Happy, happy, happyhappyhappy.

That was the first moment that I fully realized that I could do this. That I wanted to do this. The whole thing. 2,650 miles. Mexico to Canada. I’d had my worst day on the trail (and several days that I just thought were the worst) and I pulled through. I’d done it.

Type 2 fun is a helluva drug, okay?

300 miles and 20 some days ago, I learned that I can freaking thru-hike the PCT, and not a day has passed that I haven’t learned something or been shocked by the trail.

Yesterday it was, “If you look bedraggled enough at a gas station, the delivery man will take pity and give you two expired 12 packs of beer.” Nice!

Other things I’ve learned:

1. Leukotape can be used for blisters, arch support, cuts, holding your sunglasses lanyard to your glasses, and patching up holes in a puffy.

2. There are two types of hikers: those that clean their pot every night and those that prefer to let all the flavors marinate day after day.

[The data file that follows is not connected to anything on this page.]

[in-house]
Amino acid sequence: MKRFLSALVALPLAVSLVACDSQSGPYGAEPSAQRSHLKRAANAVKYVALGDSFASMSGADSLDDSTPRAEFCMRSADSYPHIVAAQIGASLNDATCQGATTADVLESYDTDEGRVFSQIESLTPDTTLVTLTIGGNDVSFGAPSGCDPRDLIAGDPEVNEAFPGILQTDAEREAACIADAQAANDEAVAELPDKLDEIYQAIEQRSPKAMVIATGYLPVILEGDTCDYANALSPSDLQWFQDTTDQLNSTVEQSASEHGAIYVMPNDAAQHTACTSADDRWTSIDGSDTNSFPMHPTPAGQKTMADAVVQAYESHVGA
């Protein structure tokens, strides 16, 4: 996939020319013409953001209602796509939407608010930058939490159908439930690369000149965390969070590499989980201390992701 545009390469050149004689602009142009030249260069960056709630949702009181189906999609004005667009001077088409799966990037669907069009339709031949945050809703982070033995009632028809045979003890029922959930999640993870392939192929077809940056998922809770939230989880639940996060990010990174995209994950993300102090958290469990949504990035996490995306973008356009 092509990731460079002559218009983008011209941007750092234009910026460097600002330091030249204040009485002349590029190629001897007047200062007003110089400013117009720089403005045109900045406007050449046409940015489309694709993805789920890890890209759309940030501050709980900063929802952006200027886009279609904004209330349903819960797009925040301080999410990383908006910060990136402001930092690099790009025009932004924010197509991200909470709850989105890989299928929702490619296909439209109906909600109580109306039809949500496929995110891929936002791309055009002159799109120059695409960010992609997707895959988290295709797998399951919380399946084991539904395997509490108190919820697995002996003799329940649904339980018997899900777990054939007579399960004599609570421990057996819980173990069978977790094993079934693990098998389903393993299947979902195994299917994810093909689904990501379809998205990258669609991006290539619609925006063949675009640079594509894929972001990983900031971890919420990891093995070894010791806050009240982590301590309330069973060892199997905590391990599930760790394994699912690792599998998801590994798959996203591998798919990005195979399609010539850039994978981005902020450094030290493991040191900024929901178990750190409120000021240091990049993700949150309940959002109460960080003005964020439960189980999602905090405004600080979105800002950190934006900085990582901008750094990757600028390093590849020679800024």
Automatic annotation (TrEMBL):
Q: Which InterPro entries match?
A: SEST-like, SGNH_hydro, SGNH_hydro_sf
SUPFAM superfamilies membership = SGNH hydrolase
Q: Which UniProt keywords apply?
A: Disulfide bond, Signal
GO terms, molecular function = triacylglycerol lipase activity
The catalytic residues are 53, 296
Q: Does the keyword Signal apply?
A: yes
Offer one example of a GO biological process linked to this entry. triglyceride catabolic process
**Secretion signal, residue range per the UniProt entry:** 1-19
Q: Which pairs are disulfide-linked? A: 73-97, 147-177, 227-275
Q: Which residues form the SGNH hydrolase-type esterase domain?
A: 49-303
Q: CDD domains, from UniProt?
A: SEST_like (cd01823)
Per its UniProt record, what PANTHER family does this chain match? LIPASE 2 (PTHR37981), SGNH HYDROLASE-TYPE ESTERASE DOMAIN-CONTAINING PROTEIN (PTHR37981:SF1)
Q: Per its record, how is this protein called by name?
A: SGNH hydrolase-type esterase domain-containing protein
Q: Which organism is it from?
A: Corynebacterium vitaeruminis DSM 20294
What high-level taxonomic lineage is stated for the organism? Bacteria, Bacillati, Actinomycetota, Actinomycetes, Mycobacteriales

3. If you are not a pot cleaner, Mac and cheese is not your friend. The cheese WILL become rock hard.

4. The full moon is brighter than the freaking sun at 2 am when all you want is to sleep.

5. Bathtub laundry might not get the smell out of your clothes in any way shape or form, but its effect on morale is not to be underestimated.

6. There are no food groups on the trail.

7. If you don’t brush your hair for a week, sweat fourteen hours a day, wear either a cap or a beanie at all times, and then try to wash it without conditioner… you’re gonna have a bad time.

8. There is no greater peace than shoving sour patch kids into your mouth by the spoonful while laying in your sleeping bag.

9. If you encounter any non-hiker (lyft driver, clerk, nurse, retail worker) they will always go through the seven stages of grief as you try to explain the PCT and your daily routine: shock, denial, bargaining, guilt, anger, depression, hope. (And mostly ask you about bears and showers.)

10. Diva cups are far more trouble than they are worth.

11. You can say, “I’m gonna stretch tonight!” all you want, but you won’t.

12. You’ll feel inexplicably guilty every time you take a zero day.

13. You shouldn’t feel guilty every time you take a zero day.

14. The internal compass sometimes shuts off on the iOS operating system, which will make Guthooks relatively unusable. It’s a common issue, apparently, and can be fixed by going into settings and turning the compass back on!

15. You will inevitably regret several hundred dollars worth of gear purchases.

16. You will learn to McGuyver everything from sungloves to a trekking pole phone stand.

17. You can download Netflix to watch offline?!!

18. Mio > Nuun tablets